US Bishops sought open discussion in the Church in 1995

With the disciplining of Fr. Brian D’Arcy (The Tablet 28th April), Ireland now has six priests asked to be silent on several issues. Early in 1995, a group of U.S. bishops submitted a document to the Bishops’ Ad Hoc Committee on Mission and Structure. It appeared in ORIGINS (19/6/1995), a publication of the U.S. Bishops’ Conference:
‘The need to find ways to have more open discussion in a climate of trust is best illustrated by considering current issues in the church that seem not to be addressed openly. These include the priest shortage, priest morale, ecumenical issues, school funding, women and equality in the church, the relationships of youth, Hispanics in the church, better preaching, better liturgy, better relationships with the poor, the relationship of the conference with Rome, the public face of the church on abortion, the annulment process, the loss of Eucharist, alliance of the right wing with some fundamentalist leaders, contraception, sexual ethics, the kind of candidates being attracted to priesthood, anticatholic feeling surfacing in the United States, the ordination of married men, rumours of a high percentage of homosexual men in the seminaries and in the priesthood. In particular, the issue of paedophilia among priests continues to create a very serious credibility problem for the U.S. bishops because of our perceived unwillingness to fully address and explore the reasons for this terrible tragedy.’
These bishops were not silenced, and many of the issues have not gone away. In fact some of the issues have increased in urgency.
Desmond O’Donnell omi

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  1. Carol Stanton says:

    It is amazing to read this, isn’t it? From the vantage of 17 years on it was really a “red flag” warning to the church. Those same 17 years have brought huge shifts in the leadership of the church here in the U.S.and I suspect that even if an ad hoc committee were thinking this way its members would choose to remain silent.

  2. Eddie Finnegan says:

    As Fr O’Donnell says, those American bishops were not silenced – but that was then; unfortunately this is now. I doubt if anyone could imagine a group of American (let alone Irish) bishops in 2012 submitting, and then publishing, a call to the Bishops’ Conference on “the need to find ways to have more open discussion in a climate of trust . . . by considering current issues in the church that seem not to be addressed openly.” Nearer home this weekend, look at the hyper-careful ‘on the one hand, on the other’ talk about truth and love Bishop Donal McKeown has to employ in tip-toeing around the two poles in today’s (Irish) Church. And that’s from one of the few bishops who ever says anything at all.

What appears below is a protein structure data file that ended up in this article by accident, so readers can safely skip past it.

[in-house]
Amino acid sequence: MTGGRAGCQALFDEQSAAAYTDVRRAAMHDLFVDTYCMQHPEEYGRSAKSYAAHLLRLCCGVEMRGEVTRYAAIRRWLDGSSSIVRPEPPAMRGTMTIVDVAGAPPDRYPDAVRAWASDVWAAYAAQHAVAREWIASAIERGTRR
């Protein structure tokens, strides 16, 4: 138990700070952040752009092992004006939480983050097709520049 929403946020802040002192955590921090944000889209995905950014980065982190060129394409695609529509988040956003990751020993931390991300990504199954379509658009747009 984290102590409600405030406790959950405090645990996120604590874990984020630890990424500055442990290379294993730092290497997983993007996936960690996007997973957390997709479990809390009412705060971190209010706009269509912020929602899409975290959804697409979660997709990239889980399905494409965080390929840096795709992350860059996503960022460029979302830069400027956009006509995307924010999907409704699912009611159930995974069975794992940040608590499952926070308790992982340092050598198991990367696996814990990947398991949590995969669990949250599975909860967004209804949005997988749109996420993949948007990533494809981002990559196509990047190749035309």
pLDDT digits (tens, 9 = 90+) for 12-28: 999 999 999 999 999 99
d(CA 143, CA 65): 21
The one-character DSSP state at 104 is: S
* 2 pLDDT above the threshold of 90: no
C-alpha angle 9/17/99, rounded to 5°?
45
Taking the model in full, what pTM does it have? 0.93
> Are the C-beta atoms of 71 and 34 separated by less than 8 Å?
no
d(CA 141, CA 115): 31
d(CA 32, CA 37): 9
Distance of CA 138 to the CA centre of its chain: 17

In early 1995 the US church still had Cardinal Joseph Bernardin in Chicago, though by June when that statement was published he was already undergoing surgery for terminal cancer and was dead within eighteen months. I would be surprised if the ‘Bernardin bloc’ of bishops were not the initiators of that call to open discussion. There must still have been a significant group of Vatican II inspired, Paul VI appointed, bishops in the States (Bernardin at 38 was an auxiliary by 1966).
    What chance would a young Bernardin have in 2012 of being included in a ‘terna’, and if one did get that far by accident what chance would he have of getting the nod from the cardinals on the Vatican’s Congregation for Bishop-making, one eighth of whom currently are US cardinals Levada of the CDF, our good friends Raymond Burke and Bernard Law, and Edward Egan formerly of New York ?
    And, finally, it’s probably not of any great comfort for a Dublin member of a religious order to know that the CDF’s supporting actor in the duo who reported on the US Leadership Conference of Women Religious was good ol’ Charlie Brown of Cabra and the Navan Road. Time for more than a silent vigil?

  3. “alliance of the right wing with some fundamentalist leaders”
    To which the reaction seems to have been a very enthusiastic, “we gotta get some of that!”

  4. P. Mamerow says:

    In the Catholic Church, the more things remain the same, the more they remain the same.

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